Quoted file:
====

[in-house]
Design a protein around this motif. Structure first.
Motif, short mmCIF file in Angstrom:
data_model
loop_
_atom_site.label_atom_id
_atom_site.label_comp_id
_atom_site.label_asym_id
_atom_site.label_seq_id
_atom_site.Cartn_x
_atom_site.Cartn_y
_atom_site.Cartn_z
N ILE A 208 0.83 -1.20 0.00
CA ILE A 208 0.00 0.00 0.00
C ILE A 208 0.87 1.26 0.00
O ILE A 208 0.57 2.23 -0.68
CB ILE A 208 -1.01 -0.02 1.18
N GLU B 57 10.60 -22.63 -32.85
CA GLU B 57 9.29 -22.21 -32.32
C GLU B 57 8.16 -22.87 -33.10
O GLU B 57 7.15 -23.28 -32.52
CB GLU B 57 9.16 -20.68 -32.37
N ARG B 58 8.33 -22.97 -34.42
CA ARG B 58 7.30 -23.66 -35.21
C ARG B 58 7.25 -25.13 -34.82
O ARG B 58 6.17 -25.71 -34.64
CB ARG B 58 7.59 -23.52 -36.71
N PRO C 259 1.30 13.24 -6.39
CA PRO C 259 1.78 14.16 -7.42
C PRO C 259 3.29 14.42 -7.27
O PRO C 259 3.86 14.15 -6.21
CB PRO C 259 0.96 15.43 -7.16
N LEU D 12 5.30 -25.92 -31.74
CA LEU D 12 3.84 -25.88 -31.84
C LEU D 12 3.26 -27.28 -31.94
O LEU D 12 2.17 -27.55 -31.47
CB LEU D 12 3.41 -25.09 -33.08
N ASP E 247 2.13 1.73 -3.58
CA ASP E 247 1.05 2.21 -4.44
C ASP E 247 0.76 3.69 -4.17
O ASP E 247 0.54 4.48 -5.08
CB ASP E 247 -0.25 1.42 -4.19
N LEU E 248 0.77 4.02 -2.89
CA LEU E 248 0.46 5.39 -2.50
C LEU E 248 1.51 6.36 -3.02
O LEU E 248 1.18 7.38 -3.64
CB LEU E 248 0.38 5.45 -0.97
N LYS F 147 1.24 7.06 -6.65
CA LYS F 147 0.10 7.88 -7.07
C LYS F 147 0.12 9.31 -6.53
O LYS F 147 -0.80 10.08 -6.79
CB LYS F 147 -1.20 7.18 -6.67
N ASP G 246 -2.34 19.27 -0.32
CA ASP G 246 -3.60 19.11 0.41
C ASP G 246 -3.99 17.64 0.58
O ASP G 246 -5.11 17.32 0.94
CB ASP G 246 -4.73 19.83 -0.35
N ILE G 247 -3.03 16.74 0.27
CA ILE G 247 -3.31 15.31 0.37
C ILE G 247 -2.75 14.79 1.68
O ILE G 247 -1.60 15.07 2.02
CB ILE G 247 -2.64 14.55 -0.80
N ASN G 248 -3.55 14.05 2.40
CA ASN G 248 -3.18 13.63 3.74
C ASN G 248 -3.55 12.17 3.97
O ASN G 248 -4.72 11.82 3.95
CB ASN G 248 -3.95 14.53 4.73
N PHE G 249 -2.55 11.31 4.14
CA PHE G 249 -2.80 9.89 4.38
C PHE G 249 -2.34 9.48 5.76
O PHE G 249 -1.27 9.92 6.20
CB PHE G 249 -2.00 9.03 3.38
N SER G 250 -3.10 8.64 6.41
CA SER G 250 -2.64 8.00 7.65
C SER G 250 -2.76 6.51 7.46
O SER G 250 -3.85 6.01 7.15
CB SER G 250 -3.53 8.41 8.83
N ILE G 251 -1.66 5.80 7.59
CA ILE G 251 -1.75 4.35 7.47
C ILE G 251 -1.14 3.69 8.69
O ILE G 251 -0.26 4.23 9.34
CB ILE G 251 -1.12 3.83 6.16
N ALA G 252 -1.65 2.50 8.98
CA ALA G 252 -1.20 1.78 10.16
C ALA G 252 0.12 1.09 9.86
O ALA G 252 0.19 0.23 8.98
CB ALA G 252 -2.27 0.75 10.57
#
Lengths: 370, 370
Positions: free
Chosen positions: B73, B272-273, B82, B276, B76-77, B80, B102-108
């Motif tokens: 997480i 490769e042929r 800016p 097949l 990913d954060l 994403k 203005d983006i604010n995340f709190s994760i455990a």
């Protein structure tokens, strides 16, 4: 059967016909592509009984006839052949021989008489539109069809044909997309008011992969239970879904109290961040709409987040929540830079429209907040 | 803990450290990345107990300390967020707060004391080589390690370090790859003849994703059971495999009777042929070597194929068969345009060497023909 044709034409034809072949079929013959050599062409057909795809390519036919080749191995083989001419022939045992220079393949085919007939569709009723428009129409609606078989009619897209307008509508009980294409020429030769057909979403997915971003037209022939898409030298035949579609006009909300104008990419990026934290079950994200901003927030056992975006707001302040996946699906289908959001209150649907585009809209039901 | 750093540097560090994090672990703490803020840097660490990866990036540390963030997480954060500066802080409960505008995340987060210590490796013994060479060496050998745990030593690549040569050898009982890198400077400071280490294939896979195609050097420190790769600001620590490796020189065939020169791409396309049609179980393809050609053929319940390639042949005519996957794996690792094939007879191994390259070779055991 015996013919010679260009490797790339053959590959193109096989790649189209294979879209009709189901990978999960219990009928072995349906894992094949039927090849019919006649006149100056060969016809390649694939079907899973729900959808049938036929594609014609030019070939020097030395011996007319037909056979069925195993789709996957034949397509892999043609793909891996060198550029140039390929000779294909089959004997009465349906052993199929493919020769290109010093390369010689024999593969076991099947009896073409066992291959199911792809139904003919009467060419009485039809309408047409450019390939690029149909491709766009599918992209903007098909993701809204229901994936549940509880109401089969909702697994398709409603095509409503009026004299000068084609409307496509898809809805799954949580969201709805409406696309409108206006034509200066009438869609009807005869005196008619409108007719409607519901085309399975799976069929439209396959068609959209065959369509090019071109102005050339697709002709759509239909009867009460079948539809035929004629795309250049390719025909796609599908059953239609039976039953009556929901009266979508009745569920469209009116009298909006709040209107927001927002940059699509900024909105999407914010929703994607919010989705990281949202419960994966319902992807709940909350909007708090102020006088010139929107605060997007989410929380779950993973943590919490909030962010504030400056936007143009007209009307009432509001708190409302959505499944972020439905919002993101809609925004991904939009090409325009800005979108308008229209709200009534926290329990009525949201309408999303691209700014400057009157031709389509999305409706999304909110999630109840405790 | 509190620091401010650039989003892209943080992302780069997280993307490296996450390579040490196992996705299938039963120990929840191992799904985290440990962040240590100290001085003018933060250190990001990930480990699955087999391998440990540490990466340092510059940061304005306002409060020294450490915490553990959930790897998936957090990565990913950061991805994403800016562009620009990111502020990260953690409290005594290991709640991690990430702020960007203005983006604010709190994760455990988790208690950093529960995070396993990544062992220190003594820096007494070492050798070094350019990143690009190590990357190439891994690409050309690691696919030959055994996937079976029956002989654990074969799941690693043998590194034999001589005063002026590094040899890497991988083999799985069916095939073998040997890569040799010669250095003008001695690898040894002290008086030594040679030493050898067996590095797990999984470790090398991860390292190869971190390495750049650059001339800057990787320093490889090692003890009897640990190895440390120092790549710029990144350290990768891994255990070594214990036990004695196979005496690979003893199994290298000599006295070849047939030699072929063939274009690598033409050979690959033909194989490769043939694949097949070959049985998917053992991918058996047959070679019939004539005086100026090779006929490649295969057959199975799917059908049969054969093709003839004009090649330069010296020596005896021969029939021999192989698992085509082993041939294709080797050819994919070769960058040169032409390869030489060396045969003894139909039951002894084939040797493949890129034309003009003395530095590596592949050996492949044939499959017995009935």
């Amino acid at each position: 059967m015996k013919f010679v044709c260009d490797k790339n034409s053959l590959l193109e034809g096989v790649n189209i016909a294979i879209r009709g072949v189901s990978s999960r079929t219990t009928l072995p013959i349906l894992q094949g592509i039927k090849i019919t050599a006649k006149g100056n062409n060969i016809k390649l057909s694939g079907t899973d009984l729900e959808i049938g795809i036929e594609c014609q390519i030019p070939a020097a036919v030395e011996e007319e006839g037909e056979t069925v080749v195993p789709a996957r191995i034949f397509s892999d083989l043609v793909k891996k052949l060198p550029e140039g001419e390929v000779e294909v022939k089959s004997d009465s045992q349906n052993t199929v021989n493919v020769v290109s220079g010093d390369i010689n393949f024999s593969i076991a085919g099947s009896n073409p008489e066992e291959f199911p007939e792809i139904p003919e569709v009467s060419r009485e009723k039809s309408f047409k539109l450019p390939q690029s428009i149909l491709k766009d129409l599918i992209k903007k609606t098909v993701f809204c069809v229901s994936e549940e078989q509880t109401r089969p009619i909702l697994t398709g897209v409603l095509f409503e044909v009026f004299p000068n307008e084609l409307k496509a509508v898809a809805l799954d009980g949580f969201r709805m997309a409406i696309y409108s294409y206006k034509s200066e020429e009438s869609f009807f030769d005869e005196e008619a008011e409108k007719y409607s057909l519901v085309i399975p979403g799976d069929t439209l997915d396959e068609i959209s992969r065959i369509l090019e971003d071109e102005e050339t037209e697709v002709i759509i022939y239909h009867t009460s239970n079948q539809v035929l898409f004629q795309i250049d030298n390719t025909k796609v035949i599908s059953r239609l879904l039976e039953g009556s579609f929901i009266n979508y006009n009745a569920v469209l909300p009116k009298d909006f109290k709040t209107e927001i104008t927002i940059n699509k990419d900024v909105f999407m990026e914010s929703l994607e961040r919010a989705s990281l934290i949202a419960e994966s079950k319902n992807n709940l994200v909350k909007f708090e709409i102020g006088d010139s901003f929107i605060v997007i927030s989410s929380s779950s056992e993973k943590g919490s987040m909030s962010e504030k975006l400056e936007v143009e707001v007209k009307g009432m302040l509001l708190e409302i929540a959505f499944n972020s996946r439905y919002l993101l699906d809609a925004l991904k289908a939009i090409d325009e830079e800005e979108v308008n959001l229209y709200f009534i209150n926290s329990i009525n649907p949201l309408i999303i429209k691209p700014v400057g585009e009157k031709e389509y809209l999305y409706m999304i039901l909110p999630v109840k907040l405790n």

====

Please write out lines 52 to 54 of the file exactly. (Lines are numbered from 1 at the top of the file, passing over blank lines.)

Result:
CB LYS F 147 -1.20 7.18 -6.67
N ASP G 246 -2.34 19.27 -0.32
CA ASP G 246 -3.60 19.11 0.41